Cholesterol: Use What You Know to Improve Your Health 

March 6, 2024

No matter how bad the news is about your cholesterol, there’s generally an upside.

While cholesterol is no joke, and high bad cholesterol levels can really wreak havoc on your health, there are several steps you can take to manage your levels and regain control of your health.

Understanding cholesterol

Fat and protein make up the waxy material that is cholesterol. The body needs cholesterol to generate hormones, make vitamin D and facilitate digestion.

Your body makes cholesterol, but it’s also in many of the foods you eat, working its way through the bloodstream by riding on the backs of lipoproteins.

However, too much of the bad kind of cholesterol can dramatically raise your risk of stroke or heart attack.

Getting to know good and bad cholesterol

  • Bad cholesterol, or low-density lipoproteins (LDLs), are stickier and tend to attach themselves to the artery walls. They become plaque and eventually stop the flow of blood to the heart. At this point, you’ll have coronary artery disease, which can directly cause a stroke or heart attack.
  • Good cholesterol, or high-density lipoproteins (HDLs), plays an important role in your body. They route cholesterol to the liver, which then flushes it out of the body, so it won’t build up in your arteries.
    • Cholesterol helps your body create bile, which aids in the digestion of food and absorption of nutrients.
    • It helps your body turn sunlight into Vitamin D – necessary factors for keeping your bones strong and calcium production at optimum levels.
    • Good cholesterol keeps important hormones like estrogen, progesterone and testosterone at the right levels.

Assessing your health based on cholesterol

There’s a lot you can tell about your overall health just by getting your cholesterol levels checked. Here’s what a healthy cholesterol range will look like:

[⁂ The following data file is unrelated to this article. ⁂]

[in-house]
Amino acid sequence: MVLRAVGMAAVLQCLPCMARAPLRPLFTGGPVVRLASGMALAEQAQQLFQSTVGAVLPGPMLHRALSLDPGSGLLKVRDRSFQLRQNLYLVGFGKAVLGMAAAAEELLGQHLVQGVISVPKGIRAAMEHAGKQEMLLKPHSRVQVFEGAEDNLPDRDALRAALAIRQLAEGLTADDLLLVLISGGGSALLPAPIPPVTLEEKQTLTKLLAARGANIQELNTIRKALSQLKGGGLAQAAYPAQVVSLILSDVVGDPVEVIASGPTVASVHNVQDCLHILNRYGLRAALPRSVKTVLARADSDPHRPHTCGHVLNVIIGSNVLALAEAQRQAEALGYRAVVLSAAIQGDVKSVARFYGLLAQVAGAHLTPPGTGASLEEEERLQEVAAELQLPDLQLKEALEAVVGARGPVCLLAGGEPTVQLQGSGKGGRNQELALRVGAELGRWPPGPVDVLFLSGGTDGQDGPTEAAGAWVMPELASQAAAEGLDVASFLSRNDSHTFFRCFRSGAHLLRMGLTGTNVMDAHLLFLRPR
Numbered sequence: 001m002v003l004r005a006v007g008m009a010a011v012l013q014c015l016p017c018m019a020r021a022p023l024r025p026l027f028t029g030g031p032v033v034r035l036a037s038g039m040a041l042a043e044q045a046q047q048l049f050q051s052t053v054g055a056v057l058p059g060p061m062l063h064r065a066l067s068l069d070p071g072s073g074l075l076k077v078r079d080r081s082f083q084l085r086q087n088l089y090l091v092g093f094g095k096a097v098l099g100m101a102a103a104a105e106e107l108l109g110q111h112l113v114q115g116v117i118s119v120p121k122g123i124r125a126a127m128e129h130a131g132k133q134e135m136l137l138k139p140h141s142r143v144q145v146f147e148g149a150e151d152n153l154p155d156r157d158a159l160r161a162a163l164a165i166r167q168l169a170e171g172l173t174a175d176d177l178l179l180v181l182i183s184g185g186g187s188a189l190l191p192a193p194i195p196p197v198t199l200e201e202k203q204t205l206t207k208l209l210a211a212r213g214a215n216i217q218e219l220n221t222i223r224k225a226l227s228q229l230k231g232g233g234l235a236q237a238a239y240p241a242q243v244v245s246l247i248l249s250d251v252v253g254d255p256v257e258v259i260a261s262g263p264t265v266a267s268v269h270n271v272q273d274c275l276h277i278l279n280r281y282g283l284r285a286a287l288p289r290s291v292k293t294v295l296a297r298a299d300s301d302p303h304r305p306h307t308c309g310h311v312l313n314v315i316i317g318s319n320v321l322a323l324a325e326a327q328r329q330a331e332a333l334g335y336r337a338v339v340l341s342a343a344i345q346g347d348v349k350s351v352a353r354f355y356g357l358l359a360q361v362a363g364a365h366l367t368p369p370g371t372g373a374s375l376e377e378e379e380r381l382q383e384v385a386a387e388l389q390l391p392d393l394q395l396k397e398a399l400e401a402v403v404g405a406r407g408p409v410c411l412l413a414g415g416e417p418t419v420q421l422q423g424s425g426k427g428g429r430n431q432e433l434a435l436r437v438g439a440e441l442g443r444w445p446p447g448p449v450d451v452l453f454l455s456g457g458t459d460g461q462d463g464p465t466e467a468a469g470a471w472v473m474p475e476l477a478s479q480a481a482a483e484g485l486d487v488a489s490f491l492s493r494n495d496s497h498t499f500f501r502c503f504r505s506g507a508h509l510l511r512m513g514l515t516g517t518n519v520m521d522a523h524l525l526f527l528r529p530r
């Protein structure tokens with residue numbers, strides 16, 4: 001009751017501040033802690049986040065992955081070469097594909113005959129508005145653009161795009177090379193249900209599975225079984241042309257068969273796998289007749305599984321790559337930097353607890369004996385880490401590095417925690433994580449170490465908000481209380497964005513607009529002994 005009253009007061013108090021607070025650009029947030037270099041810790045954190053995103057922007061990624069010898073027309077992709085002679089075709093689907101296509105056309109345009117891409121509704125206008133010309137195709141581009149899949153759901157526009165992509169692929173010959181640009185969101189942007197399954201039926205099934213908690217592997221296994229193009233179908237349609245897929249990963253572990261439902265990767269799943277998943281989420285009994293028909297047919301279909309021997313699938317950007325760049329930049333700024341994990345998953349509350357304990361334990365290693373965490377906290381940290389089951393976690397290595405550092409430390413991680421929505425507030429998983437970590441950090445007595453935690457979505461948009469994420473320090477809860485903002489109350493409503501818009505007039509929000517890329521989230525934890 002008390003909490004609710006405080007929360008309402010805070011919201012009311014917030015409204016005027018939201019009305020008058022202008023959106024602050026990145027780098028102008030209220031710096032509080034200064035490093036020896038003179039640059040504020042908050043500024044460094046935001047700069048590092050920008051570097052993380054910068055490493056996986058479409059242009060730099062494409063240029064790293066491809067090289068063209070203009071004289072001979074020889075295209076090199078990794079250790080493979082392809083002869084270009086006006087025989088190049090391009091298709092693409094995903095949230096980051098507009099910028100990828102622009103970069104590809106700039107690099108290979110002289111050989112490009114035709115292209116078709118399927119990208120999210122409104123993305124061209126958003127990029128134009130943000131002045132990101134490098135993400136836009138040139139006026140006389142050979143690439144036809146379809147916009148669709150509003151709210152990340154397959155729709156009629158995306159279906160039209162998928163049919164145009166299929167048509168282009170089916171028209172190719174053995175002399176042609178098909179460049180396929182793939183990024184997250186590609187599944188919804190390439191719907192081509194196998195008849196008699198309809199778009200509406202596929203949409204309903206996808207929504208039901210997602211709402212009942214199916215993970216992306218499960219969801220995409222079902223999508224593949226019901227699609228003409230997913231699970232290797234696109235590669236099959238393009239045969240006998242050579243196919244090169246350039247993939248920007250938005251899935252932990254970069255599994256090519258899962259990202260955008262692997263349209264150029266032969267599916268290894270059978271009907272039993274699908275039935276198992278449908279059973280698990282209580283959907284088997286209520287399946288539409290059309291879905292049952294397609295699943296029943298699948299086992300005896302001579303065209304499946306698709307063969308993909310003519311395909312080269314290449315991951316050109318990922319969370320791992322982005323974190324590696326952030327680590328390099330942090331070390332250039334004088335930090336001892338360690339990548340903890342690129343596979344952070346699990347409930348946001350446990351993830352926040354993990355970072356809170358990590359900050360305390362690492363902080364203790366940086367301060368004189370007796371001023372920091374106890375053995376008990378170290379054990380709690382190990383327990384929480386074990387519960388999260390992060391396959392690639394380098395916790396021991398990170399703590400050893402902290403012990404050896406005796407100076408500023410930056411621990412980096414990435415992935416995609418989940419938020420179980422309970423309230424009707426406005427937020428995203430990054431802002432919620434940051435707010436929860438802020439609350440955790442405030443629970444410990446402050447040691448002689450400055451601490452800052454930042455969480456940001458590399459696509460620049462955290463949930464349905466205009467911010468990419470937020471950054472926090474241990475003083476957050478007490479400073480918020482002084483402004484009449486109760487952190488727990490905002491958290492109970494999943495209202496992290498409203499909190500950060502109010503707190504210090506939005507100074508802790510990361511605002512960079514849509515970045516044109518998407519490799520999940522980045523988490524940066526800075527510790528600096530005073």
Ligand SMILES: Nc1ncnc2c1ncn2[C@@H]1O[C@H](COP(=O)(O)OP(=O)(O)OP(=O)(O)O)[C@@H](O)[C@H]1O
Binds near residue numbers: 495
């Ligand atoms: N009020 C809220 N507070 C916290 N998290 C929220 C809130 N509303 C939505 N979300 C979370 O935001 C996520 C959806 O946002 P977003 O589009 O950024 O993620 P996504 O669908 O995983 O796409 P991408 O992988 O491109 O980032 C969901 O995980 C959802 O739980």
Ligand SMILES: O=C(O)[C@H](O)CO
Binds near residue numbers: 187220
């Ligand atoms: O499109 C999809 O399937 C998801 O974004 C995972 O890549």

• Anything less than 200 milligrams per deciliter for a combined LDL and HDL cholesterol level is good.
  • Your LDL (or bad cholesterol) score should be less than 100.
  • Your HDL level, or good cholesterol, should be higher than 60.

The reason to be concerned

If your cholesterol numbers are high for the combined score or the HDL level, there is reason to be concerned.

Even if you feel fine, cholesterol is hard at work. It’s often referred to as the silent killer because you might not experience symptoms before a heart attack or stroke.

Some of the common contributors to high cholesterol include smoking, diabetes, genetic causes, poor nutrition or not exercising.

Getting your cholesterol back on track

There’s good news if you want to work on lowering your numbers. You can do a lot to manage cholesterol.

Manage your diet. Doctors generally recommend avoiding high-cholesterol foods and those high in saturated fat to help control your diet. These foods have positive effects on cholesterol.

  • Oats
  • Whole grains
  • Beans
  • Okra
  • Eggplant
  • Vegetable oils
  • Apples, grapes, strawberries, citrus fruits
  • Soy
  • Fish
  • Red wine
  • Nuts
  • Dark chocolate

Exercise. The combined effort of eating better and exercising will help you lose weight (if you need to), keep your bad cholesterol levels down and your good cholesterol levels up. These exercises are great, low-impact choices.

  • Brisk walking
  • Swimming
  • Water aerobics
  • Gentle forms of yoga and/or pilates

Taking medications. If you can’t manage your cholesterol with diet and exercise, your doctor may recommend medication such as a statin.

The more you know

For more tips about your health or for information about how to ensure your health insurance covers the medications and lab tests you need, contact UROne Benefits™ here or at 800-722-7331.

This post was originally published in March 2018; updated March 2024.